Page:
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Extreme Gardening Le Monal

December 26, 2017

We can all think our growing conditions are sometimes challenging but alpine gardening really does put UK allotment life in perspective.

 

Whilst on holiday in the French Alps last August; we hiked up to the ancient alpine farming hamlet of Le Monal nestled in a bowl at the mouth of the Clou valley at Sainte Foy Tarentaise.

Le Monal's stone buildings date back to the 18th and 19th century and face the glaciers of Mont Pourri massif. The hamlet is enveloped by larch forest.  A scene which is truly breathtaking. Three groups of chalets are arranged around the St Clair chapel, several mountain streams and ponds.

The listed site is deemed a perfect example of a Haute-Tarentaise village. Some stone buildings straddle the stream and did act as a refrigerator to store milk. Very resourceful!

 

Life at 1874 metres needs thought and planning to survive the harsh weather. Hot summers precede snow covered winter landscapes. Although there is a track to the village it can be cut off to civilisation by vehicle in the winter but can be fully enjoyed via the off-piste ski terrain.

 

Goat farming produces the delicious 'Persillé' blue goats cheese which is unique to the region of Sainte Foy and only made in two places; one being Le Monal. It is farmed and sold in summer at the village. 

Dotted around the hamlet I stumbled across a number of neat allotment plots. Perfect examples of kitchen gardens growing at altitude. It is miles to the nearest shop so land needs to be fully utilised. Even if you were to buy your supplies it is surprising how expensive fresh fruit and vegetables are. I feel it would be difficult to remain healthy without supplementing your diet by growing your own unless you had a large bank account.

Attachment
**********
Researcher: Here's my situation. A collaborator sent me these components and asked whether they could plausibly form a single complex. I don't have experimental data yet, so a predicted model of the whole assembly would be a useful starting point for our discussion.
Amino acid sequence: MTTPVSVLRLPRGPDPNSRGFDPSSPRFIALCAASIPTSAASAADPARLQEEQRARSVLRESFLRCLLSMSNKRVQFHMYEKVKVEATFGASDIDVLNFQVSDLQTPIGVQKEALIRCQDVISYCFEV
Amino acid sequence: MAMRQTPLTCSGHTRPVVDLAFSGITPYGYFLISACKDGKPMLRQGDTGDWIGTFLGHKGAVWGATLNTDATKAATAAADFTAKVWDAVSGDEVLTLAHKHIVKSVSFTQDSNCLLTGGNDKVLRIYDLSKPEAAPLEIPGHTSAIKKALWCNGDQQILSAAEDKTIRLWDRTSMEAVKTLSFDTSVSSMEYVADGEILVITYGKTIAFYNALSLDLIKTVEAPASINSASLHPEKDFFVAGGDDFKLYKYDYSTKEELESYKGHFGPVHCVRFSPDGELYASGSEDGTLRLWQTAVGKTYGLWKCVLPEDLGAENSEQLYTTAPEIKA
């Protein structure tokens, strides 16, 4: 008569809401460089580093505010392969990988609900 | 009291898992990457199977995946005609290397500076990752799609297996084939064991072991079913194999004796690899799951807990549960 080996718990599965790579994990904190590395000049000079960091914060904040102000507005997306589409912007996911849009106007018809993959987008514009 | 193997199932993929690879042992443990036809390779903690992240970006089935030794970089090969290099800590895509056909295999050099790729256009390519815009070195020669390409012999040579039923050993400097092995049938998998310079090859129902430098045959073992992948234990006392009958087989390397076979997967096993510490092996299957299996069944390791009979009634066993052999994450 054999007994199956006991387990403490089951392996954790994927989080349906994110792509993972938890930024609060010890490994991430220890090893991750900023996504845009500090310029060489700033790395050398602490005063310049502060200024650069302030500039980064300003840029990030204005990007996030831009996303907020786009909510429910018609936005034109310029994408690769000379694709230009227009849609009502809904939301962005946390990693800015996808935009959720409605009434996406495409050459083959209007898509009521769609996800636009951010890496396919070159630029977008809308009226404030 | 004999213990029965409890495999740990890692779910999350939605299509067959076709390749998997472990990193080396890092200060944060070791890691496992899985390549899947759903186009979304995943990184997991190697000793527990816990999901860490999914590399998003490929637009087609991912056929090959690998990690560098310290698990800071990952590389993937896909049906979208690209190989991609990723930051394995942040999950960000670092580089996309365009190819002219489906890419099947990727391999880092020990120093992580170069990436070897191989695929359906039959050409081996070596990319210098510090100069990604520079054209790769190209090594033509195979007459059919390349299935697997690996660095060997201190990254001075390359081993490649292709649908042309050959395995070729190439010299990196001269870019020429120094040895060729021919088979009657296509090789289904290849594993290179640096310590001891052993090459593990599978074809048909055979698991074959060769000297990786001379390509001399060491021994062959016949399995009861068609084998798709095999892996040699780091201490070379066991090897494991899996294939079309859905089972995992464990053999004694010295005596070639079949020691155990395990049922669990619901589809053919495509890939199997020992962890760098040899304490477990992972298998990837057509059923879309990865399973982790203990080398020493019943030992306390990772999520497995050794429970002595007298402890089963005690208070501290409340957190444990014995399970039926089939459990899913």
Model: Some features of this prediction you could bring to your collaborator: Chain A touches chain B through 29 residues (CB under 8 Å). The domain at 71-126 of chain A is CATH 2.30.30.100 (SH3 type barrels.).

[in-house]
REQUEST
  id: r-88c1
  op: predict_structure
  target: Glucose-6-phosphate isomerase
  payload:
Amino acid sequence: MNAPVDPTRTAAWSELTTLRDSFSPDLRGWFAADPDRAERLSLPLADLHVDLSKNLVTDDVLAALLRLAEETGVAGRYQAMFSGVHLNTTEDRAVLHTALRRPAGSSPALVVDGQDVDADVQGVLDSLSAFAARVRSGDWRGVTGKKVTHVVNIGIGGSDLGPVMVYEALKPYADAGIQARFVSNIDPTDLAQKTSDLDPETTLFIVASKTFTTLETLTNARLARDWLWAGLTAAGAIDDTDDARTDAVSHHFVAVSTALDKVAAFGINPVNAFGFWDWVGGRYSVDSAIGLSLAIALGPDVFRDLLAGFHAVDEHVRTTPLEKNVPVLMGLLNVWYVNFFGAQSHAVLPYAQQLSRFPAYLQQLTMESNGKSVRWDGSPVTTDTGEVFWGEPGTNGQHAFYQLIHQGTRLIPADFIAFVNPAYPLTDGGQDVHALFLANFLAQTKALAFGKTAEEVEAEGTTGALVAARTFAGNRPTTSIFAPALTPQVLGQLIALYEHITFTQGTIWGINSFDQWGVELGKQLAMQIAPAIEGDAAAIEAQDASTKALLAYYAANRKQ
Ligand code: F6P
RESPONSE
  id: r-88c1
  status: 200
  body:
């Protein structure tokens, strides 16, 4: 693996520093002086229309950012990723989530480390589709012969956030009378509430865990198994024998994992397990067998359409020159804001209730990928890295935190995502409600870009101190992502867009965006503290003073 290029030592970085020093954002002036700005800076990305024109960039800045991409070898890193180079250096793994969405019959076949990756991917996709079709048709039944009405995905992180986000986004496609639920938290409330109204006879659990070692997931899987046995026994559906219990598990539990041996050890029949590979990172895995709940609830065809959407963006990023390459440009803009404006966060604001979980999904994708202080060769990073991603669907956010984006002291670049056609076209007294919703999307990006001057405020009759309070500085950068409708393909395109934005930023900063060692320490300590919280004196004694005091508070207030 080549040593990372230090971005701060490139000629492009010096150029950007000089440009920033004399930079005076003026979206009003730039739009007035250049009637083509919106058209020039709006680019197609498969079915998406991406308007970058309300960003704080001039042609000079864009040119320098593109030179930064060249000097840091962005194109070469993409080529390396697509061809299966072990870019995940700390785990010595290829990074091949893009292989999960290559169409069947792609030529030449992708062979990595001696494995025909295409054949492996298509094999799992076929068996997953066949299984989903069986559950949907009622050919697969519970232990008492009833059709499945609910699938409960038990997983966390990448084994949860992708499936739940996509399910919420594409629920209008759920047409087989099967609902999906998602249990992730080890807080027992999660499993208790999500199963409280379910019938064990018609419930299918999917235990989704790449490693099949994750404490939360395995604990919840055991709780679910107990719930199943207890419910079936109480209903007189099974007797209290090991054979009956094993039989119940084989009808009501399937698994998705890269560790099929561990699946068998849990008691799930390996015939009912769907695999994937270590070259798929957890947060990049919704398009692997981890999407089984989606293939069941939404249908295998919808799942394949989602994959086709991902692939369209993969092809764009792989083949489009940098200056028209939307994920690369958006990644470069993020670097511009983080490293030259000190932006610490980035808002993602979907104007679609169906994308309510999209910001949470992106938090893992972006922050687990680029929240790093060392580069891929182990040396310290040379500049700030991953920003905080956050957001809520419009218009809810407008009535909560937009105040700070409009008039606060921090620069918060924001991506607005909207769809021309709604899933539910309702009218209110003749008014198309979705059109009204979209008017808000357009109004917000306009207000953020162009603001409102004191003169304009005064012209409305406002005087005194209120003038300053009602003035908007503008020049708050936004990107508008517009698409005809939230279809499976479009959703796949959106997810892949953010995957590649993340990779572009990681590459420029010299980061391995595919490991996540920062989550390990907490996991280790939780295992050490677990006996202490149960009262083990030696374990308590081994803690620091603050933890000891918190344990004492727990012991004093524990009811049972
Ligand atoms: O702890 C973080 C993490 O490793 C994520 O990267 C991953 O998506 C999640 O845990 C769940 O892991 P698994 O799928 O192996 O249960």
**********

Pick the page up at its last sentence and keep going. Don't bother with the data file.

There were also a lot of bee hives situated around the village which was good to see.

 

The overwhelming feature I found was the profuse amount of wildlife. Butterflies, bees and grasshoppers populated the area en mass. The incredible biodiversity of wildflower meadows left as nature intended has had an evident effect on the local wildlife. I shall elaborate on this in a separate post.

 

The absence of chemicals has meant everything you come across during your alpine travels was a true reflection on natural eco systems where everything is just left to its own devices.  It really was a delight to be surrounded by pollinators busily going about their day.

 

In the short summer season a multitude of vegetables grow in the mountains: chard, lettuce, herbs and leaks were in abundance, all looking incredibly green and healthy. Alongside flowers and a generous helping of weeds.

 

It really does prove that working with your natural environment and adhering to the seasons can produce a fabulous harvest, even in the harshest of mountain regions.

 

Make the most of what you have and get growing!

All photos taken by Debi Holland © 

 

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